Jason Pettus’s review published on Letterboxd:
Watched for the November 2019 movie scavenger hunt
3) Watch a film that features music from one of my top 3 British bands: The Cure, The Smiths, Radiohead
2019 movie viewings, #104. Yet another gloriously delightful trainwreck from super-duper-indie director Harmony Korine, fresh on the heels of his deceptively smart and politically aware Spring Breakers (see my review). Like that one, Korine brilliantly uses Gaspar Noe's usual cinematographer Benoît Debie to deliver a visually shimmering movie that makes it feel weightier than its almost non-existent storyline would usually indicate, in this case a portrait of a hippie poet named "Moondog" who got his start as a cultishly loved performance artist in the "poetry slam" days of the 1990s (as cleverly shown through VHS flashbacks), but 25 years later has devolved into one of those cartoon characters you see on the edges of the tourist districts of cities like New Orleans and Key West, beloved by the locals precisely for being a perpetual fuck-up who has miraculously seemed to not only survive but thrive despite the lack of a job, possessions, or periods of sobriety that last longer than ten minutes. Married to a Miami sugar mommy, always outrageously dressed in garments that are less clothes and more costumes, and hangout buddies with people like Snoop Dogg and Jimmy Buffett, our tale is mostly just a look at some of Moondog's random adventures, during a period of his life when his wife has died but has withheld his inheritance until he finally finishes his latest book of poetry, even while the police are insisting on him sobering up as part of a plea deal after drunkenly crashing his wife's six-figure sports car.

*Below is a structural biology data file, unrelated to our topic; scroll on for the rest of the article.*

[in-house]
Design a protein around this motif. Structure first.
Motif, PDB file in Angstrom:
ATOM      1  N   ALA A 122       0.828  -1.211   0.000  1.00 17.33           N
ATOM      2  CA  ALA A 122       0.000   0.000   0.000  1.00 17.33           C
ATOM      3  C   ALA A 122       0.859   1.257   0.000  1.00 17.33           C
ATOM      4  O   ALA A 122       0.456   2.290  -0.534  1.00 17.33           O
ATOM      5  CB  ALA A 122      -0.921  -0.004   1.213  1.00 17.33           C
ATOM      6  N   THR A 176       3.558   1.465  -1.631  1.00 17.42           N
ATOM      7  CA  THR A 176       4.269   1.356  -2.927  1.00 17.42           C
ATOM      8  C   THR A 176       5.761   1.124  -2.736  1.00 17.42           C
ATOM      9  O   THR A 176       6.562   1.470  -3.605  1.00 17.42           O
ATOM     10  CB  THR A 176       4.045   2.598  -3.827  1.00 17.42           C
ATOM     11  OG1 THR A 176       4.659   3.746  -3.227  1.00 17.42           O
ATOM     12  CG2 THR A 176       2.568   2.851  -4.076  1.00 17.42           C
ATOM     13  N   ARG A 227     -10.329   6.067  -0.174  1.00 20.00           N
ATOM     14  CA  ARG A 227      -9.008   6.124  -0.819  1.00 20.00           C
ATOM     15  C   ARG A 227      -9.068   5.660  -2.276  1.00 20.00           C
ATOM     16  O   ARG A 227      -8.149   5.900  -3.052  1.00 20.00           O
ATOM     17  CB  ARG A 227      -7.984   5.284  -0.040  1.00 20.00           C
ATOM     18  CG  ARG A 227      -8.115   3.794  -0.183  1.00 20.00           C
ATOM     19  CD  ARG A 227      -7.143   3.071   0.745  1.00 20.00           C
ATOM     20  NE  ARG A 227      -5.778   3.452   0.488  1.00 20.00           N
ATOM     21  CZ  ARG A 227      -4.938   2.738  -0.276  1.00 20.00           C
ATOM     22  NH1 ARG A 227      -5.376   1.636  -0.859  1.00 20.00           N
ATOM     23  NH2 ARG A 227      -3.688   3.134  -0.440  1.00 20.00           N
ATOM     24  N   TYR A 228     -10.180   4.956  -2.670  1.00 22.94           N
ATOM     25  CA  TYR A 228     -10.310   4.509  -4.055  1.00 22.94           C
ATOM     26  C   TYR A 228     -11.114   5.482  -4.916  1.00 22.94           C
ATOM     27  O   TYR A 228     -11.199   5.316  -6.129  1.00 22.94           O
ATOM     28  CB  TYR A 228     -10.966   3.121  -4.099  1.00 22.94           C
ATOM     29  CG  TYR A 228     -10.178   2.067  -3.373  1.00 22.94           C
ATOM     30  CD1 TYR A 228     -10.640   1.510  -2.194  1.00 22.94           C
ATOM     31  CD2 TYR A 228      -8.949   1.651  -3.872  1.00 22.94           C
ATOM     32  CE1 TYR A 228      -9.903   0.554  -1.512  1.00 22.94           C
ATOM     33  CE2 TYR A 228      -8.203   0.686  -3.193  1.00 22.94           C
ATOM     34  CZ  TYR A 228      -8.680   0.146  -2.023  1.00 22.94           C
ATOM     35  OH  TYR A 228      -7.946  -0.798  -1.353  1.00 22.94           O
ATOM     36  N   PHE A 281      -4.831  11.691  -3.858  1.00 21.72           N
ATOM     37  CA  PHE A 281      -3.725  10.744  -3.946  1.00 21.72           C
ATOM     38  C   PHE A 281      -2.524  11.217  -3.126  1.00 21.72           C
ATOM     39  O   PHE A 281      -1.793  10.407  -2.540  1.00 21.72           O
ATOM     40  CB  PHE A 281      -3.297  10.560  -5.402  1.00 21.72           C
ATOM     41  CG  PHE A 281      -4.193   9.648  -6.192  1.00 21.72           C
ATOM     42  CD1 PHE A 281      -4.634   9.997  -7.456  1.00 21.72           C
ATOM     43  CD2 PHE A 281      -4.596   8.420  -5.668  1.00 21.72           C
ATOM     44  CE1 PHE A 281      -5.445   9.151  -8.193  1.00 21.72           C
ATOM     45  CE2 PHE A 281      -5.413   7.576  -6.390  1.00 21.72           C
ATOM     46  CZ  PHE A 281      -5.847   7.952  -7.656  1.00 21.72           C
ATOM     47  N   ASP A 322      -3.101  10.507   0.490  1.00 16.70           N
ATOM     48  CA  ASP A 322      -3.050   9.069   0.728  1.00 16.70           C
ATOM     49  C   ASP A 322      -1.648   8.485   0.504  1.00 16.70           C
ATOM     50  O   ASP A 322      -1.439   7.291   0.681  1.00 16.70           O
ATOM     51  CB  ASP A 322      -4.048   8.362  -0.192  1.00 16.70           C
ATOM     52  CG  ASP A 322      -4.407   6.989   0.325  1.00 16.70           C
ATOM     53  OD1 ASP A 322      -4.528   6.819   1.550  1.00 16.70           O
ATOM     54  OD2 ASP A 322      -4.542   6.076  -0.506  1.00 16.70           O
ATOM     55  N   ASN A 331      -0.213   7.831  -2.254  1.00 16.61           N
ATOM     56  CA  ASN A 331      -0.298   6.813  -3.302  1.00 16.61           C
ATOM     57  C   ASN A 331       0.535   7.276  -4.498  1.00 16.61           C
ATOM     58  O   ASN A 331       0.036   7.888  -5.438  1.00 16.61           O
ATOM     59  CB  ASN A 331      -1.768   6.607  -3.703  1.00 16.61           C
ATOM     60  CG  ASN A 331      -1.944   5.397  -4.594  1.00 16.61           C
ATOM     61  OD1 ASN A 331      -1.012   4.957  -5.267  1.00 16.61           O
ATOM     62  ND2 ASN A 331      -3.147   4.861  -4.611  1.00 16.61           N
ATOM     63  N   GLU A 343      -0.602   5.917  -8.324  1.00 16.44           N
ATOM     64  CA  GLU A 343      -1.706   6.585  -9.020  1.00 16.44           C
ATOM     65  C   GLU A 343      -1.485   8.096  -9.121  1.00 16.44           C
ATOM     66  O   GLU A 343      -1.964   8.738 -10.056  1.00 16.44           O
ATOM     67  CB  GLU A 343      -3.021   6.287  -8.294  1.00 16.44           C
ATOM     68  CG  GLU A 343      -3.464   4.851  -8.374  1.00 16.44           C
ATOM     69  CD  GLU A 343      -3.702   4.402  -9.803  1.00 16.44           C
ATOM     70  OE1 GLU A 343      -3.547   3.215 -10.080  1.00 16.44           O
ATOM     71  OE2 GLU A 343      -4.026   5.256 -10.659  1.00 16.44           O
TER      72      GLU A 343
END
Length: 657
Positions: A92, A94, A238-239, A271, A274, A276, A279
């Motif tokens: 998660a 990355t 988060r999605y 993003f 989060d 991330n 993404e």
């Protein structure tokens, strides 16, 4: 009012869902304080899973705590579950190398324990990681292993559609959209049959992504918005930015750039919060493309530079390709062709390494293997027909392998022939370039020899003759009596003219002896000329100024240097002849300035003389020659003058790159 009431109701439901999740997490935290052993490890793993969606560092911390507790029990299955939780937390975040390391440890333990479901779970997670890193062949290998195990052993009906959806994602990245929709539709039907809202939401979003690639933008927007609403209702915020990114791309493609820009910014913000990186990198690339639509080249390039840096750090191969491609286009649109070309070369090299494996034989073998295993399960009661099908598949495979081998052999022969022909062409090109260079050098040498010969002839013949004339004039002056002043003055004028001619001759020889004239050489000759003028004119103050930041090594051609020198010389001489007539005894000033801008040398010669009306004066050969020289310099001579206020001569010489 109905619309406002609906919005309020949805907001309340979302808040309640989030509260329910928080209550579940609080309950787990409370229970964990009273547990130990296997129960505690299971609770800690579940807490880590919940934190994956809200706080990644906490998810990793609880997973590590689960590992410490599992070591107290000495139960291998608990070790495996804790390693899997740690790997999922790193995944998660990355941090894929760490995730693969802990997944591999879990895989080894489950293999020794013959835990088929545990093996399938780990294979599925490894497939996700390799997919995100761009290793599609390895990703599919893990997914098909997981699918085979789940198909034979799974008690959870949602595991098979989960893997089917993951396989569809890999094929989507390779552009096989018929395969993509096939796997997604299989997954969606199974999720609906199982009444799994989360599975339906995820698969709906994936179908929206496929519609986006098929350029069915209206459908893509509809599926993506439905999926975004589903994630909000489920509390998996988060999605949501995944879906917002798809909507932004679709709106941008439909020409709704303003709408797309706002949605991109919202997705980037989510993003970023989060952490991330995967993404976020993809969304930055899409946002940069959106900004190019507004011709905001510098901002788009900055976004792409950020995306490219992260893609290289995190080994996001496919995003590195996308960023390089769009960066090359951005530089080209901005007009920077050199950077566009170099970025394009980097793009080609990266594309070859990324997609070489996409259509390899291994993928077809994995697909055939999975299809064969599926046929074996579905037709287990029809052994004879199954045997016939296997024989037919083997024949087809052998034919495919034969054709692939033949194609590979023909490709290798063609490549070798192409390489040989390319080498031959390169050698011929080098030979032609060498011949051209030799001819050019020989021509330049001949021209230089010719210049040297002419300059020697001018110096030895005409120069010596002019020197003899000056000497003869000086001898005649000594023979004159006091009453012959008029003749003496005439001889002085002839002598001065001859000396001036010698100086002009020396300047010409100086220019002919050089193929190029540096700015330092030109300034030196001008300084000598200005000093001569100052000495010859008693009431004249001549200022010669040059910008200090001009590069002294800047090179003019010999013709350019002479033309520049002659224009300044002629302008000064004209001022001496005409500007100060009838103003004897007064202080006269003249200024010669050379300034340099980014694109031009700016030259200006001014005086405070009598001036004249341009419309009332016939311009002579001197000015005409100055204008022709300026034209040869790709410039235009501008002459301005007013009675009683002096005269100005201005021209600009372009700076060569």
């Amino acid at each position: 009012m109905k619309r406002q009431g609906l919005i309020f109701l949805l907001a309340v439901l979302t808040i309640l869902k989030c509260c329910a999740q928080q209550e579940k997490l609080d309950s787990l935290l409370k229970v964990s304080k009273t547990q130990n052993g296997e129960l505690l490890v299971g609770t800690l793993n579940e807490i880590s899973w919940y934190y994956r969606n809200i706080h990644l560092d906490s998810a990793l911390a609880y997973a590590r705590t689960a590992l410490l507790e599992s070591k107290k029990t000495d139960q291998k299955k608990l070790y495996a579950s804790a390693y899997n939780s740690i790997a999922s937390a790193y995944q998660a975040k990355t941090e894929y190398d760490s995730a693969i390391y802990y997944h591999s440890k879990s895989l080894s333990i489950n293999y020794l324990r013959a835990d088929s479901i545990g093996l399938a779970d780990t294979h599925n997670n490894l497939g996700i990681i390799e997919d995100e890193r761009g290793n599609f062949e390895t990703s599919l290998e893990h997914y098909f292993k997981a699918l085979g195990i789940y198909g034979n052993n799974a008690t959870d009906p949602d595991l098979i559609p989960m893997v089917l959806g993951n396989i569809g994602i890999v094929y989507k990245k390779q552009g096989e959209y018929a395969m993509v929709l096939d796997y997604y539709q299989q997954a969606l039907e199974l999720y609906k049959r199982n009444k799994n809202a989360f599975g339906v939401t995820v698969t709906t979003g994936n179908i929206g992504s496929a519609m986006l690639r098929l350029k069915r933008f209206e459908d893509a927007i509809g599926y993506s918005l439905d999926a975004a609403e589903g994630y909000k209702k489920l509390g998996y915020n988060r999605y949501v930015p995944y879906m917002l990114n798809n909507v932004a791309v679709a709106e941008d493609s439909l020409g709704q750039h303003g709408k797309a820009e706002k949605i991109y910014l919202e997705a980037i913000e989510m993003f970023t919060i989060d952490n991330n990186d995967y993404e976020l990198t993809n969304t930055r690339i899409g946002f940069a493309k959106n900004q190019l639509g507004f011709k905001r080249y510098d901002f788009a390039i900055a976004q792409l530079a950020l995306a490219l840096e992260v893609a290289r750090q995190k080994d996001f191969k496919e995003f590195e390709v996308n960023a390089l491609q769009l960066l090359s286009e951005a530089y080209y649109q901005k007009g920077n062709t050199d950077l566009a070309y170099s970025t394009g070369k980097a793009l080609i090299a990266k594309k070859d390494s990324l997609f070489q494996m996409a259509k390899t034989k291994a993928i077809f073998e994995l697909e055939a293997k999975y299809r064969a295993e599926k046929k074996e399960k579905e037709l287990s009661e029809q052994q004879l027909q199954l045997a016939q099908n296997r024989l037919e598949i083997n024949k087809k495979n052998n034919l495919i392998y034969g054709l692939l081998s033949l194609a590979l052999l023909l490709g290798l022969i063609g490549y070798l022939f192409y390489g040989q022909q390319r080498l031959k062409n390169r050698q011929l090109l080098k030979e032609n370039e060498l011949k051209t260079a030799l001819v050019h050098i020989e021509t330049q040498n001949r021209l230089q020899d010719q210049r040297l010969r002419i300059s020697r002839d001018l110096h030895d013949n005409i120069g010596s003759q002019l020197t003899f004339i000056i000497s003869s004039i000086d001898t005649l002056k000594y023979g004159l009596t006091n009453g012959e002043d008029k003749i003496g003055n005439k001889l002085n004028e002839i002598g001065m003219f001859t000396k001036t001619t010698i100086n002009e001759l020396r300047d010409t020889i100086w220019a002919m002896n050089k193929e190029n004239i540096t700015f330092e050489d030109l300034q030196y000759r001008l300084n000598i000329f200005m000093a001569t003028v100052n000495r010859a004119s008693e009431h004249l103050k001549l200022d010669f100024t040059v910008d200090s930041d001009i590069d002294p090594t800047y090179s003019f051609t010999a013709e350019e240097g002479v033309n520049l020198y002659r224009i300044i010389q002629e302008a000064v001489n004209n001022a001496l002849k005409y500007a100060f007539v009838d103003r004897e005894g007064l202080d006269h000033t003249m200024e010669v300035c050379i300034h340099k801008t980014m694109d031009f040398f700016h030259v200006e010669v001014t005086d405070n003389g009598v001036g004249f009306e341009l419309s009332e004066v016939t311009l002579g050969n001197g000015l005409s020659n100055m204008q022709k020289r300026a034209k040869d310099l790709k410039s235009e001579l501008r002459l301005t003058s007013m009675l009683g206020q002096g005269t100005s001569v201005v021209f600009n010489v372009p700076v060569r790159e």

The big surprise here, though, is that despite this movie's reputation, Korine actually has a serious point to make, turning Moondog into a blue-collar hero and passionately arguing that all of us could use a little more laid-back fucked-upness in our uptight, polarized lives these days. A lot of the success of that persuasion boils down to a deceptively genius performance by Matthew McConaughey, here channeling his character Wooderson from Dazed and Confused and imagining what that guy might have ended up like forty years later, if he had moved to Florida and remained high pretty much the entire time. Moondog's the kind of guy you're a bit horrified by, yet still compelled to want to spend an evening partying with, exactly the kind of genial yet slightly malignant waste case who I'm always seeming to meet in the dive bars of the French Quarter whenever I go visit my brother in New Orleans; and Korine pretty convincingly argues that these kinds of dudes are oh so necessary for the continued success of our society, in that they remind the rest of us to not take life that seriously, and that if you'll simply chill out the universe will somehow manage to find a way to survive. You'll be frustrated if you try to approach this movie in any other way; but if you can get into the "relax and have a margarita" vibe of it all, The Beach Bum has a surprising amount of smart things to say about 21st century society and the constrictive way most of us are living it. It comes strongly recommended in this spirit, another big winner from a director with a whole lot of head-scratching and sometimes just plain disgusting clunkers in his oeuvre. Here's hoping that this 1-2 punch marks a new phase in his career, and that his Julien Donkey-Boy days are behind him.